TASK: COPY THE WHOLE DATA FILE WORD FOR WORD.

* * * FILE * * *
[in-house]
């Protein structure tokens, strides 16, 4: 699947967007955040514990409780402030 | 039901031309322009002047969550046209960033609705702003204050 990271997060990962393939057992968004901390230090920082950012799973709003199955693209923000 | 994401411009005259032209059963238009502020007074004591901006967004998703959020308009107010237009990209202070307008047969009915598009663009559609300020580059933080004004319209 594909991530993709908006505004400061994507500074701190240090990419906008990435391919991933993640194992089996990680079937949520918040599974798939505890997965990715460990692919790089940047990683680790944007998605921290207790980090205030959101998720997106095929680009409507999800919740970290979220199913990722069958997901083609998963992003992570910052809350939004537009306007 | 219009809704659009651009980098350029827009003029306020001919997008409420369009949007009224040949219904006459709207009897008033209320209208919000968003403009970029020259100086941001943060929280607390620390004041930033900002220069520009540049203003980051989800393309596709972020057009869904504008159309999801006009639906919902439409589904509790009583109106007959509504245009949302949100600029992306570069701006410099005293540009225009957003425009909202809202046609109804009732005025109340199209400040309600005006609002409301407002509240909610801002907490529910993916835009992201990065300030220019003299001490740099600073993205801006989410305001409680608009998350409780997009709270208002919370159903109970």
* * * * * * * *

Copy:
[in-house]
């Protein structure tokens, strides 16, 4: 699947967007955040514990409780402030 | 039901031309322009002047969550046209960033609705702003204050 990271997060990962393939057992968004901390230090920082950012799973709003199955693209923000 | 994401411009005259032209059963238009502020007074004591901006967004998703959020308009107010237009990209202070307008047969009915598009663009559609300020580059933080004004319209 594909991530993709908006505004400061994507500074701190240090990419906008990435391919991933993640194992089996990680079937949520918040599974798939505890997965990715460990692919790089940047990683680790944007998605921290207790980090205030959101998720997106095929680009409507999800919740970290979220199913990722069958997901083609998963992003992570910052809350939004537009306007 | 219009809704659009651009980098350029827009003029306020001919997008409420369009949007009224040949219904006459709207009897008033209320209208919000968003403009970029020259100086941001943060929280607390620390004041930033900002220069520009540049203003980051989800393309596709972020057009869904504008159309999801006009639906919902439409589904509790009583109106007959509504245009949302949100600029992306570069701006410099005293540009225009957003425009909202809202046609109804009732005025109340199209400040309600005006609002409301407002509240909610801002907490529910993916835009992201990065300030220019003299001490740099600073993205801006989410305001409680608009998350409780997009709270208002919370159903109970």